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Reexamining a History of Injustice

Works from California and Arizona resonate with humor and indignation.


There is nothing new being said in the exhibition "Borders, Barriers & Beaners: Attacking the Myths," but more important, there is no message conveyed within the show that we can afford to regard as old. Since when are social, political and economic injustices tiresome subjects? Only when they're not being attacked, satirized and undermined as vividly as they are here.

The exhibition, a collaboration between the Social and Public Art Resource Center (where it appears) and UCLA's Center for Latino Health, Cesar Chavez Center and Office of the Vice Chancellor-Academic Development, brings together 18 artists from California and Arizona whose works burn with humor, pain and good old righteous indignation. The Treaty of Guadalupe Hidalgo, which, in 1848, made Mexicans foreigners in their own land, remains a raw wound, kept fresh by today's anti-immigrant vitriol. The work in this show is anchored in both the past and present; at its most vigorous, it mines the practices and misperceptions that fuel continuity between the two.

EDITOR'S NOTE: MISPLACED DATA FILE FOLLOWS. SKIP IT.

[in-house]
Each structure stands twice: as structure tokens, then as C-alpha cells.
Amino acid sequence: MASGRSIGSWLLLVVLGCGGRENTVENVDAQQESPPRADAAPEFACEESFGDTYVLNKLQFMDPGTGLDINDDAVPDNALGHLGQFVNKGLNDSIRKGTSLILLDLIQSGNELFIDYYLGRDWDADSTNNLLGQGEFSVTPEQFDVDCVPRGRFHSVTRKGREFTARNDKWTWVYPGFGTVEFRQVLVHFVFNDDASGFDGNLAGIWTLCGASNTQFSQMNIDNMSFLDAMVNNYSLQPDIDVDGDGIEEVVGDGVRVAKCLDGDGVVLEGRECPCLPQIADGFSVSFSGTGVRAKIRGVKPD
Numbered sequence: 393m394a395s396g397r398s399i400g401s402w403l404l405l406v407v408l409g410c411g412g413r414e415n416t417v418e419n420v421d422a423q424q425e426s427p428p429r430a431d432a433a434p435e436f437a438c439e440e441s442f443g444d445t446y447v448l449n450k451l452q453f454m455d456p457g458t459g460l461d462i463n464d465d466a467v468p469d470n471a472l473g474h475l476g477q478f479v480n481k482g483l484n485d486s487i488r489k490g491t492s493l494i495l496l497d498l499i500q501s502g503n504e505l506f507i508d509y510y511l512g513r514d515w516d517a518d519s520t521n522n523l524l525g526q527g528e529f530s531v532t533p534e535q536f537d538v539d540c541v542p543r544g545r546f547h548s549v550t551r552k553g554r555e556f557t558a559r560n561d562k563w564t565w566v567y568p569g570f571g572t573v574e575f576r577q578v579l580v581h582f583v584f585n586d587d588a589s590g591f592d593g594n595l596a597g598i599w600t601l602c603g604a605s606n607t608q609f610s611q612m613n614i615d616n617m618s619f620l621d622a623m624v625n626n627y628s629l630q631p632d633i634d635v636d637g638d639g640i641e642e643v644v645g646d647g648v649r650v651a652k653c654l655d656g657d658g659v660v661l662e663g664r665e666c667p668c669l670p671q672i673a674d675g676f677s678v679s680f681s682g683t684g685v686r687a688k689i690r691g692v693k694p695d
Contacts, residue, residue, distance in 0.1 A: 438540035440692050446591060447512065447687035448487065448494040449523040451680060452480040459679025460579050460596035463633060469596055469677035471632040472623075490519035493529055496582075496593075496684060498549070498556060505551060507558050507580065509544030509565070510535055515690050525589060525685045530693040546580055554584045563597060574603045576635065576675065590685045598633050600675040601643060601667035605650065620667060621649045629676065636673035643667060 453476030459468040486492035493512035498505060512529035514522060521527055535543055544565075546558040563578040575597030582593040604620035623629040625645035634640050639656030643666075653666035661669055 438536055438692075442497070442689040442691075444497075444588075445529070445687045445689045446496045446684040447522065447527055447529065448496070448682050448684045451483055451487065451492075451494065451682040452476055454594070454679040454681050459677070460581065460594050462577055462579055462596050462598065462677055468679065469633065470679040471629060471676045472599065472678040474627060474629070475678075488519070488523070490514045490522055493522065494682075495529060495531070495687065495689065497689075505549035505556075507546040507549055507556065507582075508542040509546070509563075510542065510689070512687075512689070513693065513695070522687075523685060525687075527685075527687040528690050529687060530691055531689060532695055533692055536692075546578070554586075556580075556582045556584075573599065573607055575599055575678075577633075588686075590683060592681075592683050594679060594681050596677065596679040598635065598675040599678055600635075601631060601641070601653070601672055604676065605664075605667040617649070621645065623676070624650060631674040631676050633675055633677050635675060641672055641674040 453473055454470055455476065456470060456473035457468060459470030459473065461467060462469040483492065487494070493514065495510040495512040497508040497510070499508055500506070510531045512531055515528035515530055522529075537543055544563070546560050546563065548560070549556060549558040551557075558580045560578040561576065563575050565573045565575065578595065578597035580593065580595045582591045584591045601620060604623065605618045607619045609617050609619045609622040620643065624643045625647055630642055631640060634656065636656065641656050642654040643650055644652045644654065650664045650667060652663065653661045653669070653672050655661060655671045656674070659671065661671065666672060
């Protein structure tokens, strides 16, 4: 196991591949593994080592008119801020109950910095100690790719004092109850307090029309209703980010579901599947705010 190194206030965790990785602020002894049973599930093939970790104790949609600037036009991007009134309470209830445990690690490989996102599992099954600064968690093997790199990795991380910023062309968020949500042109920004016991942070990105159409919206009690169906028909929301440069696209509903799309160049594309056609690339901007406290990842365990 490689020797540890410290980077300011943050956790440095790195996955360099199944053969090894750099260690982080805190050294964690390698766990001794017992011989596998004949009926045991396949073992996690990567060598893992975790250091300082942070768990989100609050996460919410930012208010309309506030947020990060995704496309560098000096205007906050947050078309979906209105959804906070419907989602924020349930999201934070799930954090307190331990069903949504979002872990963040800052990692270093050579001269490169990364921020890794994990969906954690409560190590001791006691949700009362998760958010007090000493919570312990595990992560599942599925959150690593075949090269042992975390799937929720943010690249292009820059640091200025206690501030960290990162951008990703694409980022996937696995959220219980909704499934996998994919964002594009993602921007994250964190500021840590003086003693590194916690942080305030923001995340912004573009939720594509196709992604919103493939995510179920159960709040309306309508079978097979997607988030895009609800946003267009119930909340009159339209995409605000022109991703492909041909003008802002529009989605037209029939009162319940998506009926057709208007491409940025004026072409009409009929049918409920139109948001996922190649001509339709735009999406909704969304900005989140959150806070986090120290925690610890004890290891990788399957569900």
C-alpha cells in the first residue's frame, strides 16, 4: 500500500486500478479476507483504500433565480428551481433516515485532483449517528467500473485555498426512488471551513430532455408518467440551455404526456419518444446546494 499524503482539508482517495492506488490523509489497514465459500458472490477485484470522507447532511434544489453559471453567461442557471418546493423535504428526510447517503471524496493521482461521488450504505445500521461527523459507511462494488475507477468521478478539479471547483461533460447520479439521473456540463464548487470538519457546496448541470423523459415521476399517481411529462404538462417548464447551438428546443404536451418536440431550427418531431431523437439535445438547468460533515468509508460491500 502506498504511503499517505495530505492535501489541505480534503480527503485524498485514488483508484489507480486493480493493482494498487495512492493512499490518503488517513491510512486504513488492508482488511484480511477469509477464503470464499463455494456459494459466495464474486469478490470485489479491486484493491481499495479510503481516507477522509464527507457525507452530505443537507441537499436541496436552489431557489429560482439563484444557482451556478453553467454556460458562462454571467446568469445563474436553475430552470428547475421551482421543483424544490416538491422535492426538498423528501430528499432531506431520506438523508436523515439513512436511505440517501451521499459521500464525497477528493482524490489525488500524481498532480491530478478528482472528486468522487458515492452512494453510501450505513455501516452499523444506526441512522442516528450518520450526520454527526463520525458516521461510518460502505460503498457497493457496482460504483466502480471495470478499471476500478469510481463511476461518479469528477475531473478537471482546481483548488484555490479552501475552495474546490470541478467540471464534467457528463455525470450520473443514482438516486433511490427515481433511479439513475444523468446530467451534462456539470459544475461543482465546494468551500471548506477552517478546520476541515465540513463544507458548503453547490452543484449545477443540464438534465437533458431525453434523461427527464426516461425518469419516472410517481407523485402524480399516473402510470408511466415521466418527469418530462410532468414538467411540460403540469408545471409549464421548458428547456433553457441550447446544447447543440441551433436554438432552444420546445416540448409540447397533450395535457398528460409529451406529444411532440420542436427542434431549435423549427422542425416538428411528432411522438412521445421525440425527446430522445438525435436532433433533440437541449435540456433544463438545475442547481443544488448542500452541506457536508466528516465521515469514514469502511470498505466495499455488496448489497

More than a few of the paintings and mixed-media works included here by exhibition coordinator Reina Alejandra Prado Saldivar are dragged down by the very cliches they strive to dismantle. But nuance, subversive wit and graphic power are still in ample supply.

In a series of beautiful, poignant prints called "The Border Botanicals" (1997), Amalia Mesa-Bains explores the de-legitimization of a living culture that occurs in the course of colonization. Ester Hernandez's coin-concealing "Immigrant Woman's Dress" (1997) re-creates a personal relic that speaks eloquently of the outsider's perpetual fear and insecurity.

The show's piece de resistance is Alfred Quiroz's "Muneefist Destiny" (1997), a large, multi-panel painting raging with cartoonish exaggeration and caricatural irreverence. In what amounts to a visual textbook in the shape of the U.S., Quiroz strips the gloss from our country's self-justifying history to tell of the greed and violence that put the white man in power. The settling of the West is a far more unsettling story than most history lessons attest, and Quiroz's wildly clever work educates as it entertains, and does both lavishly.


"Borders, Barriers & Beaners: Attacking the Myths," Social and Public Art Resource Center, 685 Venice Blvd., Venice, (310) 822- 9560, through Jan. 31.

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